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Tim Truman: Conan and Sorcery

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EDITOR'S NOTE: While the barbarian known as Conan is iconic, nearly as famous is the Cimmerian's dread of sorcery. Whether it's movies, books, comics or the original works, the otherwise unflappable adventurer often would prefer to turn tail when faced with magic. However, equally famous are Conan's fights against this thing he fears the most. So which is it? Conan scribe Timothy Truman took some time to give his opinion to Comics Bulletin.




Timothy Truman:
I don't think it's contradictory to Conan's origins at all to have him face supernatural enemies and/or fantastic menaces. There are elements of the supernatural in more than one Conan story:

  • The Phoenix on the Sword: A supernaturally conjured demon, summoned by the incognito wizard Thoth Amon.

  • Frost Giant's Daughter: The frost giants and daughter of the title.

  • Tower of the Elephant: The "transcosmic being" Yog Kosha and a magic gem that defeats the wizard Yara.

  • Scarlet Citadel: The wizard Tsotha's dungeon is full of horrors, including a demonic octopus, a "bodiless thing hovering in the air," and various, darting "shadowy forms, abnormal and monstrous in outline." The good wizard Pelias in the story uses a crystal globe to show Conan what's happening in his kingdom, then summons an alien flying creature to fly the king back home. Plus at least one zombie sighting: at the end of the story, Conan beheads Tsotha, the wizard's head is snatched by big carrion bird, and Tsotha's animated corpse chases after it.

  • Queen of the Black Coast: Flying apes. Admittedly, they might not be supernatural, but they are certainly fantastic.

  • Black Collossus: A "monstrous, night born incubus" which is "a shapeless shadow" that "is no living thing of form or shape or blood". Then there's Nantouk, who reveals himself to be an ancient, resurrected being.

  • Xuthal of the Dark: The monster, Thug.

  • Pool of the Black One: Supernatural giants.

  • Devil In Iron: Khosatral Khel, another resurrected being who "crawled up from the Night and the Abyss ages ago to cloth himself in the substance of the material universe."

  • Snout in the Dark (plot outline): A murderous, pig-like supernatural monster which climbs walls, summoned by Tuthmes.
As for the approach I took in adapting and expanding on Howard's "Hand of Nergal" fragment, the army aren't really zombies, per se. (Although there is at least one walking dead person in the tale, and maybe another by the time we get to issue #50.) The creepy warriors army are actually creatures constructed of the souls of warriors from ages past, summoned from the realm of the god Nergal and made living flesh. They and their chariot-riding war leader are based on descriptions of creatures that Howard himself provides: "Slinking shadows, glimpsed from barred windows, alien to humanity and sanity" which Yaralet's terrified citizens hid from and "and bolted their doors against." A child dares to peek out the window at them, is struck mad and dies "frothing and screaming." That the alien creatures might perhaps be somehow martial in nature was suggested by REH's description of "the swift rumble of chariot wheels along the empty streets in the darkness."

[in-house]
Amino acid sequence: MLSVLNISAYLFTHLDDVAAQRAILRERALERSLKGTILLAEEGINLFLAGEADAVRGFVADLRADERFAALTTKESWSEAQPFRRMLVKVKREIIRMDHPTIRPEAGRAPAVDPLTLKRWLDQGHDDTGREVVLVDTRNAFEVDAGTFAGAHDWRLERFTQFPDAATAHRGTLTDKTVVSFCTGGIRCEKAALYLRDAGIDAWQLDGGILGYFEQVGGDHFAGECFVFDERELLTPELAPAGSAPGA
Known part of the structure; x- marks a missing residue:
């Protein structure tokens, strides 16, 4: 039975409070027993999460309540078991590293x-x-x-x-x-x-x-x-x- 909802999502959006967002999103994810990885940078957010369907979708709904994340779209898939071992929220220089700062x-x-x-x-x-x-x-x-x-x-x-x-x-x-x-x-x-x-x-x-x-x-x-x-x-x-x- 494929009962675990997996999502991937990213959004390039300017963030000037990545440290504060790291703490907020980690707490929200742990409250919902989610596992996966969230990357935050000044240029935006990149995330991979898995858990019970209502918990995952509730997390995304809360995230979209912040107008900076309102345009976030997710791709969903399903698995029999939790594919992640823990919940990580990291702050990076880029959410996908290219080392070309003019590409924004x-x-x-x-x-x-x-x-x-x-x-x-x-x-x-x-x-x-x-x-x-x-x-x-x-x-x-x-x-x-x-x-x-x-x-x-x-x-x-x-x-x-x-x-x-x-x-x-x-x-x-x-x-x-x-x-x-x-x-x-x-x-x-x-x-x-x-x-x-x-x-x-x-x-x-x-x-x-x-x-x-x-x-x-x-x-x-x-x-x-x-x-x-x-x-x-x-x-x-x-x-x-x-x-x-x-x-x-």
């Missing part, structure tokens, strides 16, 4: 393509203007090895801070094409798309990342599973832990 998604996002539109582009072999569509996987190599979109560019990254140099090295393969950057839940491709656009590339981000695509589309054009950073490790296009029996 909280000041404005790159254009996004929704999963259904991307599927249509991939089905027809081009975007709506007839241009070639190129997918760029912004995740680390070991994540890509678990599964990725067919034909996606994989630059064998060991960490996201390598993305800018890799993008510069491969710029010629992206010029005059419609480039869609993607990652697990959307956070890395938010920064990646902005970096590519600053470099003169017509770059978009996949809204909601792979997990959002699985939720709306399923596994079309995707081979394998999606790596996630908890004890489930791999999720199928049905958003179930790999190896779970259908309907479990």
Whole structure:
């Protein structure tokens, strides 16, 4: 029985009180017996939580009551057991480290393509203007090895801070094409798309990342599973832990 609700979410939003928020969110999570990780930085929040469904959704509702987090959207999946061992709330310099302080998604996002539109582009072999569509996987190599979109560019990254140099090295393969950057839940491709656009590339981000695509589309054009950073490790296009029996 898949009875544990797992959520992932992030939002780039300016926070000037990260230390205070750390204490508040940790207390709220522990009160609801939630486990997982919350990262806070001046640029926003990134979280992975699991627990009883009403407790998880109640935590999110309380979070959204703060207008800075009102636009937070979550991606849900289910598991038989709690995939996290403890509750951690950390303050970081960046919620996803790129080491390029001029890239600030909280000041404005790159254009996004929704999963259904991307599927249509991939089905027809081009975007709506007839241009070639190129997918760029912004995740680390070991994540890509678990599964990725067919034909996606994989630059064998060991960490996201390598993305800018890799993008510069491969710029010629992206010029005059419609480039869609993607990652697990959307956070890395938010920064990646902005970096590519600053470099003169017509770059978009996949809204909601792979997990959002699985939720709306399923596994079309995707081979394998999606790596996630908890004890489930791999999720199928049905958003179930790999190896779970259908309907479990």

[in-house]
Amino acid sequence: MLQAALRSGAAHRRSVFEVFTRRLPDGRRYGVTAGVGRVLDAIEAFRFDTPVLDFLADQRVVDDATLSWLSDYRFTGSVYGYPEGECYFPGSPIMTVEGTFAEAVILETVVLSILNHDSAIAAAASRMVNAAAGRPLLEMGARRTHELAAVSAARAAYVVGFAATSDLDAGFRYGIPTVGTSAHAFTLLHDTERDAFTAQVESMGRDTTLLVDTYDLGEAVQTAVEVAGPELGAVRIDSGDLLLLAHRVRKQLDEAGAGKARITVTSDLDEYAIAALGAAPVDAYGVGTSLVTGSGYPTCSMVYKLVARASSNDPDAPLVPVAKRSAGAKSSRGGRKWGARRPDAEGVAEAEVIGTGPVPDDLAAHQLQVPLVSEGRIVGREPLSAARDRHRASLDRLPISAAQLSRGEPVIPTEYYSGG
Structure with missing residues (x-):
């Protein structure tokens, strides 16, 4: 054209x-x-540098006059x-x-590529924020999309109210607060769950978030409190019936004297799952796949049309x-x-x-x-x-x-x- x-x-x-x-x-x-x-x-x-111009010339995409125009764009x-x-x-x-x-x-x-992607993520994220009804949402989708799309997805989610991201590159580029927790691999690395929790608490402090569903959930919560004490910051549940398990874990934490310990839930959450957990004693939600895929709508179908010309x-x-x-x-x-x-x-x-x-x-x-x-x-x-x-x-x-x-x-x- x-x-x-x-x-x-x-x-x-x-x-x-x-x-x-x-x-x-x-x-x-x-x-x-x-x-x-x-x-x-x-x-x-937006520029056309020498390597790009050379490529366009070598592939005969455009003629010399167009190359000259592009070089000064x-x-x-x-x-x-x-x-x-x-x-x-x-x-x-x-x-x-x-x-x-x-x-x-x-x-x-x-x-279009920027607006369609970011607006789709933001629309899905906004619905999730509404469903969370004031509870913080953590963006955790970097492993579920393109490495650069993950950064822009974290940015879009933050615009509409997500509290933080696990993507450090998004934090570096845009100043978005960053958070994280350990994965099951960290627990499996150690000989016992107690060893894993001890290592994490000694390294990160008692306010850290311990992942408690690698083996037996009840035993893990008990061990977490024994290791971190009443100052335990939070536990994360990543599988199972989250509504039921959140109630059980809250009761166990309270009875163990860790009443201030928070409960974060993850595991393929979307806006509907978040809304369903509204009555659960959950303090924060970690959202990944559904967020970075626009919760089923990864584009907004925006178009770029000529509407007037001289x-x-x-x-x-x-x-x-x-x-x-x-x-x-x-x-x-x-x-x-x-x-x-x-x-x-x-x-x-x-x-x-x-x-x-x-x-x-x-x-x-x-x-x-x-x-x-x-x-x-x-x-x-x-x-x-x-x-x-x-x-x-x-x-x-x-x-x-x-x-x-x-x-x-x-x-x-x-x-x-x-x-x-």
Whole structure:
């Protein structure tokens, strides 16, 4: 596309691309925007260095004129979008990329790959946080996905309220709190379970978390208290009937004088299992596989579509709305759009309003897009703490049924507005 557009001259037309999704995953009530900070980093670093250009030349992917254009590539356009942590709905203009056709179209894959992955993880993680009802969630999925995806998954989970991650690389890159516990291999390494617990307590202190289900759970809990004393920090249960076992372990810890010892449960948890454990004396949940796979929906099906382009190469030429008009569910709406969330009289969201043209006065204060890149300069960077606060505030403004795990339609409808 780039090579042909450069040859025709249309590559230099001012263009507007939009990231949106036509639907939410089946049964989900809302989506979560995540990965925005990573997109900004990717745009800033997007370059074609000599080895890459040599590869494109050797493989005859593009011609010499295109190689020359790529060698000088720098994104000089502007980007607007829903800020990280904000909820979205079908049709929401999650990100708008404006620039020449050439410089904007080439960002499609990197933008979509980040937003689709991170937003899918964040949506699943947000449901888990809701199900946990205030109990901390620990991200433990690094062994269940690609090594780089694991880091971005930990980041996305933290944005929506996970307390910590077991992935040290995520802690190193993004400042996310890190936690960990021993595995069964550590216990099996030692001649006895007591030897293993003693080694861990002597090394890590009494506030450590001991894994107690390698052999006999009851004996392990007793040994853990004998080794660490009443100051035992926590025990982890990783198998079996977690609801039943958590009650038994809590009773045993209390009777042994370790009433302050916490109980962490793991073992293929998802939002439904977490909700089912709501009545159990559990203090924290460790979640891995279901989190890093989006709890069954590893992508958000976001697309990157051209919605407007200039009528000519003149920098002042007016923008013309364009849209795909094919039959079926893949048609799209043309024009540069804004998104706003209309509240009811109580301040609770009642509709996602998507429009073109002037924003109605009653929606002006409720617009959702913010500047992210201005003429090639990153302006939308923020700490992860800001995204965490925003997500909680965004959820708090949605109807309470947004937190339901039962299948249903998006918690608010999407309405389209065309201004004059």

To create a background for these night horrors, I relied on research. Nergal is the Mesopotamian god of death, mentioned in the scriptures contained in the famous Epic of Gilgamesh. Since Howard was an avid student of history and mythology, he almost certainly knew of the Epic. Knowing this, I referred to it and found the following passage:
"Ereshkigal made her voice heard and spake, addressing her words to Namtar her vizier:
'...If you do not send that god to me
According to the rites of Erkalla and the great Earth
I shall raise up the dead, and they will eat the living.
I shall make the dead outnumber the living!'"
Seemed liked a cool enough scenario to me.

By the way, while doing the research, I think I also located the source of the title in a transcript of a letter sent by the king of ancient Cyprus to the King of Egypt. In it is the following passage:
"In my land the hand of Nergal, my lord, has killed all the men of my land, and so there is not a single copper-worker"; And "the hand of Nergal is upon my land and upon my house. My wife bore a son, who is now dead, my brother."
So there ya go. I try my best.

Hang in there until you read issues #49 and the double-sized issue #50. The arc is structured like a novel, and things develop apace.


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